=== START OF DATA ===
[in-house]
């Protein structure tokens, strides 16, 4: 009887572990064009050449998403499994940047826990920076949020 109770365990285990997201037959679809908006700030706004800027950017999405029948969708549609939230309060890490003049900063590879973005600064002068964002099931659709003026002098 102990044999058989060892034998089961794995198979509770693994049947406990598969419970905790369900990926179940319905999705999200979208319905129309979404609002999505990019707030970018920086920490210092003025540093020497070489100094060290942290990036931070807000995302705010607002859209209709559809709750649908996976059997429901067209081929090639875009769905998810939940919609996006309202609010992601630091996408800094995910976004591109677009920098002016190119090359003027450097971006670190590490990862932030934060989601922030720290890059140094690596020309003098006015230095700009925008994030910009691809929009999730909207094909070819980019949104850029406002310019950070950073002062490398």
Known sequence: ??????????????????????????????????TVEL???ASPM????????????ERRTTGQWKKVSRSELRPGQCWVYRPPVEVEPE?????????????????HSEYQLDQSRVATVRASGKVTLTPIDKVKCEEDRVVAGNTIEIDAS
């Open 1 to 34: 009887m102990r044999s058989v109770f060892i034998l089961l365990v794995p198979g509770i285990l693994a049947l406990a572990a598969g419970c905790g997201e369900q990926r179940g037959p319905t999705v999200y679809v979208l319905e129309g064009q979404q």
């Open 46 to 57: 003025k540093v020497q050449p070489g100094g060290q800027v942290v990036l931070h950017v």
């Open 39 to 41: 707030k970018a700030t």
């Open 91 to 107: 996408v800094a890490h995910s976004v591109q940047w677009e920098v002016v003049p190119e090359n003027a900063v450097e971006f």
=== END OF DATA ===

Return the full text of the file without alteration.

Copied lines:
[in-house]
């Protein structure tokens, strides 16, 4: 009887572990064009050449998403499994940047826990920076949020 109770365990285990997201037959679809908006700030706004800027950017999405029948969708549609939230309060890490003049900063590879973005600064002068964002099931659709003026002098 102990044999058989060892034998089961794995198979509770693994049947406990598969419970905790369900990926179940319905999705999200979208319905129309979404609002999505990019707030970018920086920490210092003025540093020497070489100094060290942290990036931070807000995302705010607002859209209709559809709750649908996976059997429901067209081929090639875009769905998810939940919609996006309202609010992601630091996408800094995910976004591109677009920098002016190119090359003027450097971006670190590490990862932030934060989601922030720290890059140094690596020309003098006015230095700009925008994030910009691809929009999730909207094909070819980019949104850029406002310019950070950073002062490398």
Known sequence: ??????????????????????????????????TVEL???ASPM????????????ERRTTGQWKKVSRSELRPGQCWVYRPPVEVEPE?????????????????HSEYQLDQSRVATVRASGKVTLTPIDKVKCEEDRVVAGNTIEIDAS
């Open 1 to 34: 009887m102990r044999s058989v109770f060892i034998l089961l365990v794995p198979g509770i285990l693994a049947l406990a572990a598969g419970c905790g997201e369900q990926r179940g037959p319905t999705v999200y679809v979208l319905e129309g064009q979404q």
């Open 46 to 57: 003025k540093v020497q050449p070489g100094g060290q800027v942290v990036l931070h950017v």
């Open 39 to 41: 707030k970018a700030t």
């Open 91 to 107: 996408v800094a890490h995910s976004v591109q940047w677009e920098v002016v003049p190119e090359n003027a900063v450097e971006f």